The Ultimate Guide to Knowing Your Rights as a Micro Business

Don’t Make Being Micro into a Massive Problem

There are roughly 1.6 million micro-business energy consumers in Great Britain; but what is a micro-business? Perhaps a small cheese shop for mice? They are small, but usually not in that way; your company is a micro-business if:

Employees AND Annual
<10 employees, or their full time equivalent
<£2 million annual turnover
Electricity Use<100,000 kWh per year
Gas Use<293,000 kWh per year

As a guide, using that amount of electricity or gas would cost around £10-12,000 per fuel per year (excluding VAT2 and the Climate Change Levy). Your business must qualify individually for both fuel thresholds in order to be considered a micro-business for dual fuel supply. If your company only meets one, then it is only a micro-business in the respect of fuel and not gas (vice versa).

If you’re still unsure whether you qualify as a micro business or not you can call 0800 051 5770 to get further guidance.

When you contact or change, a supplier, they may ask you for the above information (if they do not already have it). This is because suppliers must take all the reasonable steps to identify whether you are a micro-business. Some suppliers may just automatically treat you as a micro-business, and some extend the micro-business rules to larger businesses, too.

So, why does it matter?

Ofgem established the concept of a micro business in 2010 because they believed that some businesses in the UK needed additional protection. This protection extends across issues in the energy market such as ensuring fair contracting, billing and complaints.

The rules changed in 2015 to those outlined in this article. Ofgem altered the criteria that decided what constitutes what a micro business is in the hope that the more inclusive definition would help ‘catch’ more businesses.

Under the rules micro-business energy customer is privilege to:

1. a limit on back billing,
2. limits on rollover contracts,
3. clearer terms and conditions,
4. improved clarity of invoicing and end dates.

As aforementioned, some suppliers carry over these policies to all their SME
(Small and Medium Enterprises) customers.

To find out your supplier’s policies in this regard, visit Ofgem’s dedicated
supplier pages. They have a range of information which helps you navigate the energy market as a consumer.

Contract Clarity

The simplification of the contract renewal process for micro business in 2015 made it easier for micro business customers to compare prices and look for better deals at the end of their fixed-term contracts.

The changes resulted in:

1. the maximum notice period for terminating a contract with an energy
supplier if you’re a micro business being reduced from 90 to 30 days,
2. suppliers being forced to include current prices, new prices and annual consumption on renewal letters for fixed-term contracts (to make deal comparison easier),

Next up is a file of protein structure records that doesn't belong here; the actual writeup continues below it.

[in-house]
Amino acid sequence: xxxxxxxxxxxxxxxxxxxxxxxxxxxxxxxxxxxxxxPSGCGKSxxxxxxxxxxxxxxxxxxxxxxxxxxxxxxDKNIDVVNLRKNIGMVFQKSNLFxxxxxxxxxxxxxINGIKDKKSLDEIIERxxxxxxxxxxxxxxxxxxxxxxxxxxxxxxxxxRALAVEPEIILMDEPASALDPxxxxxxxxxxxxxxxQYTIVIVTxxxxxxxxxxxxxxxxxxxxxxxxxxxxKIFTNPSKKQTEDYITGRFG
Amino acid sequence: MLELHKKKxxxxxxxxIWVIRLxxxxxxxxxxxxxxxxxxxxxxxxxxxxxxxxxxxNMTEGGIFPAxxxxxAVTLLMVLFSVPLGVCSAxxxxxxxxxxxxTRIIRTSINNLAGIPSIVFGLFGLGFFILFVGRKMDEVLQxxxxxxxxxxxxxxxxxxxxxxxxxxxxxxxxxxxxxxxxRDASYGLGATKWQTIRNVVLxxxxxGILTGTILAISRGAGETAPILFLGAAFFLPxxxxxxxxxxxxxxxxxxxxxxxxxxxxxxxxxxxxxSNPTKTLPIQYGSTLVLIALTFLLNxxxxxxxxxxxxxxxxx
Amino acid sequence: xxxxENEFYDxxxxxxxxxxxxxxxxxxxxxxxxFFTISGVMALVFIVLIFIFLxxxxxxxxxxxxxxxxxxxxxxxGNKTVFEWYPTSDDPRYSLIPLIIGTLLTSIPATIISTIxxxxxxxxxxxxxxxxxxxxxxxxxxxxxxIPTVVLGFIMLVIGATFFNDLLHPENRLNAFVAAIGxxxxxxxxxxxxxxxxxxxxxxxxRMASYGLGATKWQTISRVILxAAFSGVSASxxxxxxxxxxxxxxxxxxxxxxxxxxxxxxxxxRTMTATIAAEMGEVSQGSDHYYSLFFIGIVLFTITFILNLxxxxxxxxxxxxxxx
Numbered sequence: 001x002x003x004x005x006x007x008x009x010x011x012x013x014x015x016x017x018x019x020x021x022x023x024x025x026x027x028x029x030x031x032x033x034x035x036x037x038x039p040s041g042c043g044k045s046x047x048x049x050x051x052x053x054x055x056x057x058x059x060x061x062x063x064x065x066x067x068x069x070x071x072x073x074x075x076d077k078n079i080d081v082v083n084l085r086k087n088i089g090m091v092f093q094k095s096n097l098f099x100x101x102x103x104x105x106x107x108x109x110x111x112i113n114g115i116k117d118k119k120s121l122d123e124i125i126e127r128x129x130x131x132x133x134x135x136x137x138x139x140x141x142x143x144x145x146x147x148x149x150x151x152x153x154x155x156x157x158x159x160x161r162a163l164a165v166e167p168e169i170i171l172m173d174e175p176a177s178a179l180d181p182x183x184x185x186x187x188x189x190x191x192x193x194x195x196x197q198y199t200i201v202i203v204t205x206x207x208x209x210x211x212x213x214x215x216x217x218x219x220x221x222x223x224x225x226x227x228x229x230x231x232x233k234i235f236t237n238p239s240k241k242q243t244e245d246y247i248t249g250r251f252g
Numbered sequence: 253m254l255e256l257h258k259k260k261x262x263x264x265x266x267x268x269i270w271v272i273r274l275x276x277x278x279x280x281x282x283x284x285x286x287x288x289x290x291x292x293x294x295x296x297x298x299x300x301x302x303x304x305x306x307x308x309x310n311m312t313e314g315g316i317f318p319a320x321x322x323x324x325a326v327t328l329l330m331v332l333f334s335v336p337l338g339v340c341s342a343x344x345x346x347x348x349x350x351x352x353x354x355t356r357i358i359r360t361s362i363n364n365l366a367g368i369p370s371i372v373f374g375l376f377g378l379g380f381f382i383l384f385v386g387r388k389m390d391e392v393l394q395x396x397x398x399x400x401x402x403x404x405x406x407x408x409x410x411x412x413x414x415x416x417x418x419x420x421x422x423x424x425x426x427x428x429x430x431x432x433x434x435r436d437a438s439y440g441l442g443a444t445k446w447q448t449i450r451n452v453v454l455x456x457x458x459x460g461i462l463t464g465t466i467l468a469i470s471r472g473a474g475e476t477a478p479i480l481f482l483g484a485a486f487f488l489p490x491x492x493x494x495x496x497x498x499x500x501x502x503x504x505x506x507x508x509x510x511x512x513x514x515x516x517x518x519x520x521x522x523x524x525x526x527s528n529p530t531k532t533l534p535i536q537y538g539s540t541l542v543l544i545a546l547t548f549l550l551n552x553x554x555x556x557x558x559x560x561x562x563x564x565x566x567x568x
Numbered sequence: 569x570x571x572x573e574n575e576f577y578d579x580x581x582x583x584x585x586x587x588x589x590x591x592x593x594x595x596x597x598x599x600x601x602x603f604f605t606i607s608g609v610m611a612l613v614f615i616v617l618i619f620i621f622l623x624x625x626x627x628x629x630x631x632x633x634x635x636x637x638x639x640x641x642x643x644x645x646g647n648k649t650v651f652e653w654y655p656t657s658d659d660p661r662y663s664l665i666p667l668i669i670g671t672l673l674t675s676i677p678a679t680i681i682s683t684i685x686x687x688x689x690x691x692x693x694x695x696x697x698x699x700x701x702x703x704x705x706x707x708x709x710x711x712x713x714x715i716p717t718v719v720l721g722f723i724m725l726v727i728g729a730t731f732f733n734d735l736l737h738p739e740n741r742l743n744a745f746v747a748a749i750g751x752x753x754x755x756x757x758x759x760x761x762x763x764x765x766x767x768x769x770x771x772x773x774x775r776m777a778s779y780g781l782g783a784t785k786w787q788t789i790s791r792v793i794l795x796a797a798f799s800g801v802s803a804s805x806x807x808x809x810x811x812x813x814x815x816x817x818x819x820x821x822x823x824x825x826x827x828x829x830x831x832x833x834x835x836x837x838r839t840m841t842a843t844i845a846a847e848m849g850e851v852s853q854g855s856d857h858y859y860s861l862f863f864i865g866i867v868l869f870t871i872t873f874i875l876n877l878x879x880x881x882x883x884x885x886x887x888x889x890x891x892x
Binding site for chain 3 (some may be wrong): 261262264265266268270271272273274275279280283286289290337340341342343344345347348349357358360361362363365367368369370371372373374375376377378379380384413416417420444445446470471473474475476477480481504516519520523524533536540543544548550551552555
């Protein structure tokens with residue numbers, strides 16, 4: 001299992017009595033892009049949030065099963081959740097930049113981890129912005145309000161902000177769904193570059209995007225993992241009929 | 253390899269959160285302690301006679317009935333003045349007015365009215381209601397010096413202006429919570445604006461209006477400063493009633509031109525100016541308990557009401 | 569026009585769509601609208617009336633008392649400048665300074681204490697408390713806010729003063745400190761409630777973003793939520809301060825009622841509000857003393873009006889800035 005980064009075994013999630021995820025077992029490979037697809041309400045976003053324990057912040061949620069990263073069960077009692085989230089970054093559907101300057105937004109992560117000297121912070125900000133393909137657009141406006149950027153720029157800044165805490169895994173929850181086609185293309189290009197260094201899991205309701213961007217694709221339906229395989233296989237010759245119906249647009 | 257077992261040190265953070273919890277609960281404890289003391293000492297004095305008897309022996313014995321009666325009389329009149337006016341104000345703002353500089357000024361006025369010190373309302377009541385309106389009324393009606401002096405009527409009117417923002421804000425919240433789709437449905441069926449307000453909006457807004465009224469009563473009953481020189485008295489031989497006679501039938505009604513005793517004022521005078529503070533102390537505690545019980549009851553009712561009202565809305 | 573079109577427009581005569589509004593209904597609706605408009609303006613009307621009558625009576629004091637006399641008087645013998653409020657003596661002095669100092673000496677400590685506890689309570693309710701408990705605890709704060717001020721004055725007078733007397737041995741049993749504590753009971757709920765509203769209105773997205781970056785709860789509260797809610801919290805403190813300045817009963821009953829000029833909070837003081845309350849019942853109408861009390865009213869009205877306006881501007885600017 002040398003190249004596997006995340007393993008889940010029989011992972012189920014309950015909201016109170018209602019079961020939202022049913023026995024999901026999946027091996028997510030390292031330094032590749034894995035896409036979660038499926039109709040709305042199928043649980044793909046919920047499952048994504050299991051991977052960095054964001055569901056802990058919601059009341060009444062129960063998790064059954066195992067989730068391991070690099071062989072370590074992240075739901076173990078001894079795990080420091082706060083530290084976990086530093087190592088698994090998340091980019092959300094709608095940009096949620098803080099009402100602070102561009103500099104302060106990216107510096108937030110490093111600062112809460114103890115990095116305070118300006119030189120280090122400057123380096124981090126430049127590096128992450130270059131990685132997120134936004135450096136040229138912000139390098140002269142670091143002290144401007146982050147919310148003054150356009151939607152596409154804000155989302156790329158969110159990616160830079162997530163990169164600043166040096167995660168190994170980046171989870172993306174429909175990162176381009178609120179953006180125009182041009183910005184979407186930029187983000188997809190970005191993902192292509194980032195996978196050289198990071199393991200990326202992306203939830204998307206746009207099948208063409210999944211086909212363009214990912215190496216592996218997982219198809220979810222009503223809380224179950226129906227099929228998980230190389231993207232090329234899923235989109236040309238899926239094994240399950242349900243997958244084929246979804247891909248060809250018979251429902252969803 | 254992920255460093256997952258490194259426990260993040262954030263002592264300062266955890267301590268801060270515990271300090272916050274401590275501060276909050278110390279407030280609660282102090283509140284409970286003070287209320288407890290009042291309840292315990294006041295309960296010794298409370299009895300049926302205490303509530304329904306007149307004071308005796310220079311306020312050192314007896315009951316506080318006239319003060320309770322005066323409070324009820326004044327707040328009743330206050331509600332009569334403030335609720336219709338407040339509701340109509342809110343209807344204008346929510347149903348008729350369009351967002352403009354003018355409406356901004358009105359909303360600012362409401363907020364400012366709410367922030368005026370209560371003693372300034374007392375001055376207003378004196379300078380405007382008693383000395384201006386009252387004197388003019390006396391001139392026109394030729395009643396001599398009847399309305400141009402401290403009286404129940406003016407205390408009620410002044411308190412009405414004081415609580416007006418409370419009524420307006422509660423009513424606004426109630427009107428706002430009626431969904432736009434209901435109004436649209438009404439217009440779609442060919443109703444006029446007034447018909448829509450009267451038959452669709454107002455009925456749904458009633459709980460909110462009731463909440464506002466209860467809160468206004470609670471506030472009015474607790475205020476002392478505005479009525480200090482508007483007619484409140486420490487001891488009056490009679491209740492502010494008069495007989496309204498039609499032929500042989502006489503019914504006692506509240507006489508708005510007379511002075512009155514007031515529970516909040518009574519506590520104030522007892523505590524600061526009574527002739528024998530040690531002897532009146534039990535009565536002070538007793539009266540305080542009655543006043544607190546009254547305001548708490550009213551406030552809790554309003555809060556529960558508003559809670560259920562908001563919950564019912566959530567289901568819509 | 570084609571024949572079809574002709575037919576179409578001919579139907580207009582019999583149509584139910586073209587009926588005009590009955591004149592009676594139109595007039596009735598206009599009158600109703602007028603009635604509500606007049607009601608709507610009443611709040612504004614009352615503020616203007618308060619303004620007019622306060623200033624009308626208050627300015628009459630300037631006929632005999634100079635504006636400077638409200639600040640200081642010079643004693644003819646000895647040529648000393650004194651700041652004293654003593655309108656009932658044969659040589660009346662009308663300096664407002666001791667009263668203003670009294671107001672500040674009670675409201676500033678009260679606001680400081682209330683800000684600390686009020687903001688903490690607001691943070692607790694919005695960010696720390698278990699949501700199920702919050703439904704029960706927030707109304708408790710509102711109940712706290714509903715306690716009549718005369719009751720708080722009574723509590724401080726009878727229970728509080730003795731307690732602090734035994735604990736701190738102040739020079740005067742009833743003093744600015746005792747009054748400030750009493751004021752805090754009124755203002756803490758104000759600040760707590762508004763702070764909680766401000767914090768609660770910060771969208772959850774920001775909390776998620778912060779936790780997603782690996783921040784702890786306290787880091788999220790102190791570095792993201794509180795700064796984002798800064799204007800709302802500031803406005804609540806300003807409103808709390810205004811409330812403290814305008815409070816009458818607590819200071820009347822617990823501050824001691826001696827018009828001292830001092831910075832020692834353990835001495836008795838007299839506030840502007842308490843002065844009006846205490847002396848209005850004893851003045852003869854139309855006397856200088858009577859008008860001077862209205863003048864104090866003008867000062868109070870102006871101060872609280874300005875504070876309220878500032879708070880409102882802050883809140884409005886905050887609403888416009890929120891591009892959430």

3. suppliers having to take all reasonable steps to acknowledge a termination notice within five working days of receipt.

Micro businesses on fixed-term contracts should now receive a renewal letter from their supplier around 60 days before the contract ends. If you have a fixed-term contract your supplier must print your contract end date,
and the last date you can terminate on your bill or statement of account.

When you agree a supply contract the supplier must send you the terms and
conditions and the renewal terms within 10 days.

Further Protection for Micro Businesses


It is important you check the terms and conditions of your contract to make sure you know when it ends and when you have to give notice.

Third Party Intermediaries

Ofgem is the regulatory body of the energy market. Thus, they are responsible for Retail Market Reviews. Within these they regularly examine the role of Third Party Intermediaries (TPIs) and consider any measures which may be appropriate to enforce in order to protect consumers.

Standards of Conduct – Ensuring Suppliers Conform

Ofgem measure compliance with the Standards of Conduct (SOC) in a number of ways. There will be regular stakeholder engagement with suppliers to talk about their policies, practices, monitoring and reporting arrangements.

They will also review suppliers’ ‘Treating Customers Fairly’ statement which
acts as their annual communication of the SOC. The SOC also obliges suppliers to inform customers on an annual basis about the main actions taken and being taken by the supplier in line with the objectives of the SOC. They also must communicate what services and treatment a customer can expect from the supplier, and any representative.

Where Can I Find More Information?

Information from Ofgem On…See
Complaints and EnquiriesHere
Third Party IntermediariesHere

You may also find it useful to visit Citizen’s Advice for impartial advice on handling your energy supply.